The inspector accepted that the conversion would create a relatively small addition to the heavy concentration of similar premises in the area.
Nevertheless, he felt that the proposal would be likely to add to local crime and hooliganism problems.
He found police evidence compelling, painting a disturbing picture of antisocial, disorderly and violent behaviour fuelled by excessive alcohol consumption. The result was that most law-abiding people would be deterred from visiting the area in the evening, he maintained.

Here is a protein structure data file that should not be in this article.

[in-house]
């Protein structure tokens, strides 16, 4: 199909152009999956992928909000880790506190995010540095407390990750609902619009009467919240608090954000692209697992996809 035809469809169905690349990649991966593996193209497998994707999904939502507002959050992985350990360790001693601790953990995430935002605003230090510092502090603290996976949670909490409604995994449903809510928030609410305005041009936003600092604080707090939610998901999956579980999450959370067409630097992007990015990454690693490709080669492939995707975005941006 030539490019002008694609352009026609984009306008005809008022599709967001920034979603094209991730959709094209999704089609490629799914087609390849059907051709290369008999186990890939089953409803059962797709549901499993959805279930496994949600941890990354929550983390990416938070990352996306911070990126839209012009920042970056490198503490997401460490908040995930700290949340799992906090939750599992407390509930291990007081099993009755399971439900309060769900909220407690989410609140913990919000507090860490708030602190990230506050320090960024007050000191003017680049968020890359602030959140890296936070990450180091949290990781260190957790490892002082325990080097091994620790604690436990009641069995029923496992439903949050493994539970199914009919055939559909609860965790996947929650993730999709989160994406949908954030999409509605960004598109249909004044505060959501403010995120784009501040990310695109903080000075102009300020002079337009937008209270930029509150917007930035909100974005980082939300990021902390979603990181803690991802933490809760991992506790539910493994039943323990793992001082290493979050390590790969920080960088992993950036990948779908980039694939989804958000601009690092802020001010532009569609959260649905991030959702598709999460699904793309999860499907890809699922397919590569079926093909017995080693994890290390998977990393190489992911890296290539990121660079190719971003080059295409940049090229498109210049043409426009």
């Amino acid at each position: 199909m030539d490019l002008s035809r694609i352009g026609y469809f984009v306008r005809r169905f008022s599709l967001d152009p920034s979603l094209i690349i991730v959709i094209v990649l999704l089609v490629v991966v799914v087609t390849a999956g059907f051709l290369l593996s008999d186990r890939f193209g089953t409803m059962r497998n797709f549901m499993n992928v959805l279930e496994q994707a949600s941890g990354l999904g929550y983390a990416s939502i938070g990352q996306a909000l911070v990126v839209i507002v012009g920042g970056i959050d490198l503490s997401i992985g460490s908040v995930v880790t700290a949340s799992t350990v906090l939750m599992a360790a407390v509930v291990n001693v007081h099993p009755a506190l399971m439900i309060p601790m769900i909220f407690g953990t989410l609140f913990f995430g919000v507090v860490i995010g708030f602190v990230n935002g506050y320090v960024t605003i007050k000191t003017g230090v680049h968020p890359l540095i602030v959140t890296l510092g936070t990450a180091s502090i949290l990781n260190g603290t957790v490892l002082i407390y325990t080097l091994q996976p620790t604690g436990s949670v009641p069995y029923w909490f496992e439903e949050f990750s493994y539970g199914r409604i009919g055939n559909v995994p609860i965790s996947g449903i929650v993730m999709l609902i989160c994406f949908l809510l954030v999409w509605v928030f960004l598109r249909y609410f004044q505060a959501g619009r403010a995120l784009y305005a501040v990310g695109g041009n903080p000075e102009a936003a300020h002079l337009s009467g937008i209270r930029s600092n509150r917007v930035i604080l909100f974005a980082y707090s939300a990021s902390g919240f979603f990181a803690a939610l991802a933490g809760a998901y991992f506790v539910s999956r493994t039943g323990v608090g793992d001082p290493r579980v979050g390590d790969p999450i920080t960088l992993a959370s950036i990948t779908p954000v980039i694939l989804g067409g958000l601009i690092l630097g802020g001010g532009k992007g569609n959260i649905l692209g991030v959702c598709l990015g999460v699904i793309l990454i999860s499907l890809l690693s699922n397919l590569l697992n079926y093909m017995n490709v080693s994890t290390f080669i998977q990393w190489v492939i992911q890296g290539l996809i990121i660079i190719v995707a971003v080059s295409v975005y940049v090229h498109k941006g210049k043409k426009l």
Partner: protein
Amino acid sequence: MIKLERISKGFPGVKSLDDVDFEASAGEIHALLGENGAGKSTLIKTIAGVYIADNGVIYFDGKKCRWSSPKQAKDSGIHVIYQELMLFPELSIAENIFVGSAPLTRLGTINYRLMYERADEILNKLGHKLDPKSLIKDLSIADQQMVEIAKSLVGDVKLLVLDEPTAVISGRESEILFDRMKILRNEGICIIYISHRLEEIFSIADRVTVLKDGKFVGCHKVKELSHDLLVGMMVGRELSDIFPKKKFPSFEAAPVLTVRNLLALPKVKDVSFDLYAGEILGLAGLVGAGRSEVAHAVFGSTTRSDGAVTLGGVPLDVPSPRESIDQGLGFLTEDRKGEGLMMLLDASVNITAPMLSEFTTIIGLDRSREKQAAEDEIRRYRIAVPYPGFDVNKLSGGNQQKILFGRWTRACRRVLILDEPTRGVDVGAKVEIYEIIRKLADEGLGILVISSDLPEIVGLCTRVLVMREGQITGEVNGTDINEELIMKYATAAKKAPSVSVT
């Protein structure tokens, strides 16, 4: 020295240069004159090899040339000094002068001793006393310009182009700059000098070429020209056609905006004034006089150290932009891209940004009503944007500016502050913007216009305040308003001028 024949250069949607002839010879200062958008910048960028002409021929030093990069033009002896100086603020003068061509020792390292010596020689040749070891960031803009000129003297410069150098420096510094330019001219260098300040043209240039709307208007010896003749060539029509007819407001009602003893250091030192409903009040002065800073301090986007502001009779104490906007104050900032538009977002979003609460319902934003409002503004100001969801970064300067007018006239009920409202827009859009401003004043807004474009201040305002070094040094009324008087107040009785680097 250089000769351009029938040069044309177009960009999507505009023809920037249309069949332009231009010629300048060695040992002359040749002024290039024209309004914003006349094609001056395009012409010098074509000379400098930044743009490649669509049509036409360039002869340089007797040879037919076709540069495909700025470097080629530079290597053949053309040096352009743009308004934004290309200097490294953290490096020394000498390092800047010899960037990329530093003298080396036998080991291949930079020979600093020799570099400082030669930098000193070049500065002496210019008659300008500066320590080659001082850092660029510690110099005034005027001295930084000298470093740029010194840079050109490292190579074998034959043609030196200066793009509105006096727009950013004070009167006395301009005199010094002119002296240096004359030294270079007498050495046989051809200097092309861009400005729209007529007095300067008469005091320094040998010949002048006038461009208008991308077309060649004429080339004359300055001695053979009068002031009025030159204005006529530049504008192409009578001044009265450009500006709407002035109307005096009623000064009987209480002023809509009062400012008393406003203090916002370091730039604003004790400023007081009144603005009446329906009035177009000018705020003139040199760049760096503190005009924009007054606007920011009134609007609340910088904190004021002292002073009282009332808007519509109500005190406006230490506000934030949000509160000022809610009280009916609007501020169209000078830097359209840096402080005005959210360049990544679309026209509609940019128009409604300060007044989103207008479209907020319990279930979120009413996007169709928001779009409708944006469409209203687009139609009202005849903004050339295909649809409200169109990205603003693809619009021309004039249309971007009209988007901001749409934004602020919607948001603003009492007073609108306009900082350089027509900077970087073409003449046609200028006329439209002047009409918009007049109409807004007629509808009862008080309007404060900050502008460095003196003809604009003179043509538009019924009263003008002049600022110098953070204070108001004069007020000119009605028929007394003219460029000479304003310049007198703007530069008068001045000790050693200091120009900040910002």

The inspector stated that it was unsatisfactory for the appellant to argue that the issue of disorderly behaviour could be left to the licensing authority because the proposal would have land-use planning implications.
The effect of adding to the problems of the area would be to further deter visitors to the harbourside who wished to appreciate its historic character, unique waterfront assets and ambience, he decided. The area would therefore be less attractive than it could be, resulting in an adverse effect on investment in local regeneration, he concluded.
DCS No: 36960666; Inspector: Douglas Machin; Written representations.